Informal Exchange With Reporters on Arrival in Brownsville, Texas
Q. Mr. President, Walter Mondale says that you should look into these charges against Donovan; and if there's anything to them, he should resign. What's wrong with that?
The President. Well, first of all, let me make a statement.
The President. You asked a question yesterday, and there was no time, and it was not the place to answer that. I thought that probably during the day, there would come an opportunity to answer. There didn't. So, let me just make a statement.
Your question had to do with Secretary Shultz.
Q. And who's responsible for Lebanon, sir.
The President. Who was responsible for Lebanon. Secretary Shultz had acknowledged a responsibility himself on the air on Sunday. That was typical of George, and I appreciate it very much. But the answer to the question is, I am responsible, as I said that I was on the previous tragedy. I was responsible—and no one else—for our policy and our people being there.
Q. But shouldn't.—
Q. On that same subject, sir.—
Q. — the President be held accountable, sir?
Q. On that same subject, the old saying, you know, "You fool me once, my fault. Fool me twice .... "But the U.S. has—
The President. These terrorist activities—
Q. — three times now.
The President. These terrorist activities have been going on worldwide and taken place against our allies. They've taken place against Arab States, the Greeks, the British, the French, ourselves. And obviously there is an international effort going to try and find a way to apprehend, to prevent these things from happening. But how do you without knowledge beforehand of what a target is going to be or why someone, who with no regard to who they kill, is going to kill themselves in an effort to do this?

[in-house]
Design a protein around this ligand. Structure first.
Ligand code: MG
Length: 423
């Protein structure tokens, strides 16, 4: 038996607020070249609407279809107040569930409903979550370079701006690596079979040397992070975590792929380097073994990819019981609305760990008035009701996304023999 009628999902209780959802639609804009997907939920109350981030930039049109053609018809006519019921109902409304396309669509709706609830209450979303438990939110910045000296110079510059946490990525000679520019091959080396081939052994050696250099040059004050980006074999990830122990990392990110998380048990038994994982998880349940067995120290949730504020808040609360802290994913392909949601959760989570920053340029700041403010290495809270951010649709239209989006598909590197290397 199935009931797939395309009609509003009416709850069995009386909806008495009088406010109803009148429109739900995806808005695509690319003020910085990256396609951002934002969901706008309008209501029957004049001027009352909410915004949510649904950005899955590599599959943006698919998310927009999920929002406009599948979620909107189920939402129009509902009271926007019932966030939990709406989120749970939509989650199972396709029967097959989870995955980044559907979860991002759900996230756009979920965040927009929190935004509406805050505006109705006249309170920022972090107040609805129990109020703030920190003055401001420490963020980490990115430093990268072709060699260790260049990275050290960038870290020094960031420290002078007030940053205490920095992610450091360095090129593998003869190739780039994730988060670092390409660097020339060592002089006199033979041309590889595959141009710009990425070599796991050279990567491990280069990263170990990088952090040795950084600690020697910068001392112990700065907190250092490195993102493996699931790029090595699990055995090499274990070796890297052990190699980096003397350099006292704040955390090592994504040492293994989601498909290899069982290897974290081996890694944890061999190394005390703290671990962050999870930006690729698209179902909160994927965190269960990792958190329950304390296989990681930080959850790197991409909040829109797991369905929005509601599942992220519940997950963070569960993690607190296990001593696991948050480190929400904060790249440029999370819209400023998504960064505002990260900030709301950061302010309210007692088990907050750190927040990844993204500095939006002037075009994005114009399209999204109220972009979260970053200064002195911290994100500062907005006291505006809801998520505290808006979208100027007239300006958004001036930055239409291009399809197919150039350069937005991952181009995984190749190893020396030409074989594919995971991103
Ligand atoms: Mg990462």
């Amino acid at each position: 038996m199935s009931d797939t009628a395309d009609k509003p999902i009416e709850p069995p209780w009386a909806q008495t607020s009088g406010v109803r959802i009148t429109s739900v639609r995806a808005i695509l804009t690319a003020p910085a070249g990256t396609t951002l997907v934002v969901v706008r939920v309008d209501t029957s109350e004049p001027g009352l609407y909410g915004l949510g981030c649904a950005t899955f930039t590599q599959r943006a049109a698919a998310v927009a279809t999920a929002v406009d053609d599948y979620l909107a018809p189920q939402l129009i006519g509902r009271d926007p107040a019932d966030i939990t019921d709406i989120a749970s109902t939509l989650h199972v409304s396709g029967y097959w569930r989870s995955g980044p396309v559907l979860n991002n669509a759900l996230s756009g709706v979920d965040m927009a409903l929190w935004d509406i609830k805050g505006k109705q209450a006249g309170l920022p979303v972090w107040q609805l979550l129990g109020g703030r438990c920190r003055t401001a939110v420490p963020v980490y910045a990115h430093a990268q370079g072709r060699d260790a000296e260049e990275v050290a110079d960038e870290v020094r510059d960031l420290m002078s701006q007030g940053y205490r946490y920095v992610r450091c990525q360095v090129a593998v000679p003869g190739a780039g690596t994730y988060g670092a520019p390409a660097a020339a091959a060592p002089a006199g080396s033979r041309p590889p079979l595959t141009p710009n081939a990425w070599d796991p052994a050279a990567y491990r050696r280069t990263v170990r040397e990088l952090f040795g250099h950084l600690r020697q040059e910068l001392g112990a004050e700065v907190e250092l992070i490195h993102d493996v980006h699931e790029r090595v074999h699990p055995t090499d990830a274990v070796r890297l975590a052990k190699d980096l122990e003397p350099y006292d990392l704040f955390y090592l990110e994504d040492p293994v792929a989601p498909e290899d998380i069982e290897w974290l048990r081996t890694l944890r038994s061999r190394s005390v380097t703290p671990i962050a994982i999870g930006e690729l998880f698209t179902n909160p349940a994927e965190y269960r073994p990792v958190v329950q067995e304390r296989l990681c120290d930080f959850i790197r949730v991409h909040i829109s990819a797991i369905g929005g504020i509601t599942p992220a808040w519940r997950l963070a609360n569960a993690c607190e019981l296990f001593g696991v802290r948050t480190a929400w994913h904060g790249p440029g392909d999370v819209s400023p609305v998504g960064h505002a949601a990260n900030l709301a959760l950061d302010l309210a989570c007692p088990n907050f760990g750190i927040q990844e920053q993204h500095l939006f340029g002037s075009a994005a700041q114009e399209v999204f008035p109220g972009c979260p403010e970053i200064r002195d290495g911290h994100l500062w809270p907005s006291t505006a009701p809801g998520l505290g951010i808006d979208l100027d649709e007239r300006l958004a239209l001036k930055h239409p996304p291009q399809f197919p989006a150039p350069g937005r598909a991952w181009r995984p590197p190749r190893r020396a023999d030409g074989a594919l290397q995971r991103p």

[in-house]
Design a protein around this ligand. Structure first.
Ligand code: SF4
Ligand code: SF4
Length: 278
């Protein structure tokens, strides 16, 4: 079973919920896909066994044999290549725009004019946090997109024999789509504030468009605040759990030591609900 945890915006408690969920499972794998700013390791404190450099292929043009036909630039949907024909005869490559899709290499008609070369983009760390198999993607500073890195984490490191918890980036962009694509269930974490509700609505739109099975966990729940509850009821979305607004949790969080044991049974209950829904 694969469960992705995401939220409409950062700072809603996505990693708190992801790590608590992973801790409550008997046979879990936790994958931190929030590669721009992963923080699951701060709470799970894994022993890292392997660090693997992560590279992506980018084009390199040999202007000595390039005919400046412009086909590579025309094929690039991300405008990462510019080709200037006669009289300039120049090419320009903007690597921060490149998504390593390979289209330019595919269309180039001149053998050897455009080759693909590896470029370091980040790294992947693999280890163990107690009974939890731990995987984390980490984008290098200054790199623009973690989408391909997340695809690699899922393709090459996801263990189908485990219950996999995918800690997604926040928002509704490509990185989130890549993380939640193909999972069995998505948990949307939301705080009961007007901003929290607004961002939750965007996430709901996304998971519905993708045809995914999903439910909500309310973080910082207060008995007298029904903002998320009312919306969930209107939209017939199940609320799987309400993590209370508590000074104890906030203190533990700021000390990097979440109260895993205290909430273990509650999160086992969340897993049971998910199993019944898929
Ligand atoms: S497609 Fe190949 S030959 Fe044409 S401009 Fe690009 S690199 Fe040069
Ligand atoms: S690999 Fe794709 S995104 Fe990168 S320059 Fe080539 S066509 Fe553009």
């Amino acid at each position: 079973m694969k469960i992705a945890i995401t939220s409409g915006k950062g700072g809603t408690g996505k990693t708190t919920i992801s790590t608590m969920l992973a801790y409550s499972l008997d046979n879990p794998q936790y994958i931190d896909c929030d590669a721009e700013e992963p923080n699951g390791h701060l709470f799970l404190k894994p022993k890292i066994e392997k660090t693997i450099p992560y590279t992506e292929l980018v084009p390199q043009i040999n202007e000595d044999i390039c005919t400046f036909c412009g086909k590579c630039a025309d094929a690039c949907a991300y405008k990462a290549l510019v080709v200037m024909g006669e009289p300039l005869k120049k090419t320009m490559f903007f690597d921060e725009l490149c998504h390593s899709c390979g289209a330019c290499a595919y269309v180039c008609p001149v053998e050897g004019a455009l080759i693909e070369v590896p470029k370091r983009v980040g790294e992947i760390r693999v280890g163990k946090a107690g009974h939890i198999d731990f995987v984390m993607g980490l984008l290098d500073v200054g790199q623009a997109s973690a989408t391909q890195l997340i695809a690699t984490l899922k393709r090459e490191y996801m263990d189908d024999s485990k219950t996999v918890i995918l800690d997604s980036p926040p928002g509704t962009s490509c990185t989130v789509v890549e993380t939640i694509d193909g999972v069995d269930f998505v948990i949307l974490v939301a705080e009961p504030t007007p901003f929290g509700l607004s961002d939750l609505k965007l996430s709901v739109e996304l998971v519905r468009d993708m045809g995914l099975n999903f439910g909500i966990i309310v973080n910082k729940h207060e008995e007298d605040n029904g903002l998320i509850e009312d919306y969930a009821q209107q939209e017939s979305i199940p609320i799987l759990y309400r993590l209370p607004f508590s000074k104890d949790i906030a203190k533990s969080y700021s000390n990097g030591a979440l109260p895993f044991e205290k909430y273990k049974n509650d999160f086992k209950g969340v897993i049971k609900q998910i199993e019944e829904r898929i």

We're doing everything we can to finally try to get an international movement that can give us better protection—
Q. You were pretty tough on Mr. Carter in 1980, when the Iranian hostage situation happened. And now this has happened to us three times.
The President. No, Bill [Bill Plante, CBS News]. There, a government with whom we had relations, a government allowed this to happen. There was no war or anything else with regard to the hostages. And all I criticized the previous administration about was for our abandonment of the Shah and our allowing what happened to happen. I think it is a blot on our record.
Q. But you say you're responsible, sir. But are you to blame for lax security?
The President. We are doing our utmost to provide security—
Q. But it wasn't enough.
The President.—at all of these places.
No, it wasn't. And it wasn't because the threat had been while we were in a much less protected place, and we moved ahead of schedule into this place where the defenses were only about 75 percent complete.
Q. Mr. President, you say that you take responsibility, but shouldn't the people who actually made the decisions be held accountable?
The President. No, I'm not going to deliver somebody's head up on a platter, which seems to be the request of so many when things like this happen.
Q. So, there'll be no blame-finding here, sir?
The President. No, we've had an investigation. There was no evidence of any carelessness or anyone not performing their duty.
Q. Is the case closed, as far as you're concerned, sir?
The President. Yes—
Q. Can we ask you about Donovan, sir?
The President. Well, the case of terrorism will never be closed.